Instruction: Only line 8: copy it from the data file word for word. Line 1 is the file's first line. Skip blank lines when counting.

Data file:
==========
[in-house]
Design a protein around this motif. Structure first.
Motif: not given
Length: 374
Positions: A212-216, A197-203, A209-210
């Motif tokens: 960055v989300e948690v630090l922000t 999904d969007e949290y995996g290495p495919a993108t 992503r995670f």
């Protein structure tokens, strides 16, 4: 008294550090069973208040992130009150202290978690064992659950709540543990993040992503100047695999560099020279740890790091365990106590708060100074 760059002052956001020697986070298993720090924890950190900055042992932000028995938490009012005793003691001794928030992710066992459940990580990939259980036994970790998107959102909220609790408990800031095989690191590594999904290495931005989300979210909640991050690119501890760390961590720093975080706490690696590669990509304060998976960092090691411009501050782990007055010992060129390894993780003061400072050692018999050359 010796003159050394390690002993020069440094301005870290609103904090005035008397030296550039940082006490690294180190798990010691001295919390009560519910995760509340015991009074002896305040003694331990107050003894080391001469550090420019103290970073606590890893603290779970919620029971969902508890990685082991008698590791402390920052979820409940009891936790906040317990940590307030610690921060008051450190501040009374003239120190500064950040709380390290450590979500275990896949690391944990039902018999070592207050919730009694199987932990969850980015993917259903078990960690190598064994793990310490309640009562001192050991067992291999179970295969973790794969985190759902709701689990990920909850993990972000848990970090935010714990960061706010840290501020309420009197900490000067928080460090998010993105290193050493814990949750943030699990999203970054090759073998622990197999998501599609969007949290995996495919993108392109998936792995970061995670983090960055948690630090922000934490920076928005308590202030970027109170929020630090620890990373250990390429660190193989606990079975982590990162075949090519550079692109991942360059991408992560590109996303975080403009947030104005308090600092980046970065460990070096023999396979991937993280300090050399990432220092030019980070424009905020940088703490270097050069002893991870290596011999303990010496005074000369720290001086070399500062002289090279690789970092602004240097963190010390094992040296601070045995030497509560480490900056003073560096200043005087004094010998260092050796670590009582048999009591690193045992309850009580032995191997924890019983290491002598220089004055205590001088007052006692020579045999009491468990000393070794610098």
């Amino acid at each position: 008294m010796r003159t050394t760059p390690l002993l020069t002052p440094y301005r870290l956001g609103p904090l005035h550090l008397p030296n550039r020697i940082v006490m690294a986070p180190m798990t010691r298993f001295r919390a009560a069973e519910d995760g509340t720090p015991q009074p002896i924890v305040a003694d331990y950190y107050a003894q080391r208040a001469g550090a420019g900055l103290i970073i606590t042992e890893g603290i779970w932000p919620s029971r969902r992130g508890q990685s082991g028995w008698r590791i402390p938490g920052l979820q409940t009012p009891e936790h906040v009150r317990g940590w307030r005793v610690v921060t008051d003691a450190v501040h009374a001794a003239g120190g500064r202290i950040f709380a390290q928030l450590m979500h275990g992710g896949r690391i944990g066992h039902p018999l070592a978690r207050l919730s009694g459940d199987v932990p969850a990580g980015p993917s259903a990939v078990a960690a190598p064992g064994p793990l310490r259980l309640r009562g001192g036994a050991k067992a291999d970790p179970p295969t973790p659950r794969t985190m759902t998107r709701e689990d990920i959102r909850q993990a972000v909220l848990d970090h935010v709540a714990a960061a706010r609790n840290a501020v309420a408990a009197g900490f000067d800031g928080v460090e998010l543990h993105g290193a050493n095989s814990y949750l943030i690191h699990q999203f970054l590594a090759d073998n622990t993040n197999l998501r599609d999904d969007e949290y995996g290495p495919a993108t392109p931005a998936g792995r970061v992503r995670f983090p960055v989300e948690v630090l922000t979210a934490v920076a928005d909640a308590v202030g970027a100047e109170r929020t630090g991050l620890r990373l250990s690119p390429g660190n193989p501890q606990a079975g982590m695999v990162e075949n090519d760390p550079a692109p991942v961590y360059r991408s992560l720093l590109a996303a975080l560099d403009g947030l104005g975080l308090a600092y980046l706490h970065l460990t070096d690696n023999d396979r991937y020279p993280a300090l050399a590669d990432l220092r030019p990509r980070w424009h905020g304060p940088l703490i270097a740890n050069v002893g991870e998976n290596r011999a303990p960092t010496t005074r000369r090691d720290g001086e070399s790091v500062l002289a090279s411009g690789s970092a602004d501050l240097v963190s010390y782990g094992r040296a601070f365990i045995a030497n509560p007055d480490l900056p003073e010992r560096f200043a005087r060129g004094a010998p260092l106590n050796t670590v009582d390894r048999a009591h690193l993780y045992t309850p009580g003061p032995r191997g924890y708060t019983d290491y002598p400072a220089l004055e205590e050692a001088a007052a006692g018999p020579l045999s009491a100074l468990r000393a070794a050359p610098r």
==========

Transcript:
């Amino acid at each position: 008294m010796r003159t050394t760059p390690l002993l020069t002052p440094y301005r870290l956001g609103p904090l005035h550090l008397p030296n550039r020697i940082v006490m690294a986070p180190m798990t010691r298993f001295r919390a009560a069973e519910d995760g509340t720090p015991q009074p002896i924890v305040a003694d331990y950190y107050a003894q080391r208040a001469g550090a420019g900055l103290i970073i606590t042992e890893g603290i779970w932000p919620s029971r969902r992130g508890q990685s082991g028995w008698r590791i402390p938490g920052l979820q409940t009012p009891e936790h906040v009150r317990g940590w307030r005793v610690v921060t008051d003691a450190v501040h009374a001794a003239g120190g500064r202290i950040f709380a390290q928030l450590m979500h275990g992710g896949r690391i944990g066992h039902p018999l070592a978690r207050l919730s009694g459940d199987v932990p969850a990580g980015p993917s259903a990939v078990a960690a190598p064992g064994p793990l310490r259980l309640r009562g001192g036994a050991k067992a291999d970790p179970p295969t973790p659950r794969t985190m759902t998107r709701e689990d990920i959102r909850q993990a972000v909220l848990d970090h935010v709540a714990a960061a706010r609790n840290a501020v309420a408990a009197g900490f000067d800031g928080v460090e998010l543990h993105g290193a050493n095989s814990y949750l943030i690191h699990q999203f970054l590594a090759d073998n622990t993040n197999l998501r599609d999904d969007e949290y995996g290495p495919a993108t392109p931005a998936g792995r970061v992503r995670f983090p960055v989300e948690v630090l922000t979210a934490v920076a928005d909640a308590v202030g970027a100047e109170r929020t630090g991050l620890r990373l250990s690119p390429g660190n193989p501890q606990a079975g982590m695999v990162e075949n090519d760390p550079a692109p991942v961590y360059r991408s992560l720093l590109a996303a975080l560099d403009g947030l104005g975080l308090a600092y980046l706490h970065l460990t070096d690696n023999d396979r991937y020279p993280a300090l050399a590669d990432l220092r030019p990509r980070w424009h905020g304060p940088l703490i270097a740890n050069v002893g991870e998976n290596r011999a303990p960092t010496t005074r000369r090691d720290g001086e070399s790091v500062l002289a090279s411009g690789s970092a602004d501050l240097v963190s010390y782990g094992r040296a601070f365990i045995a030497n509560p007055d480490l900056p003073e010992r560096f200043a005087r060129g004094a010998p260092l106590n050796t670590v009582d390894r048999a009591h690193l993780y045992t309850p009580g003061p032995r191997g924890y708060t019983d290491y002598p400072a220089l004055e205590e050692a001088a007052a006692g018999p020579l045999s009491a100074l468990r000393a070794a050359p610098r």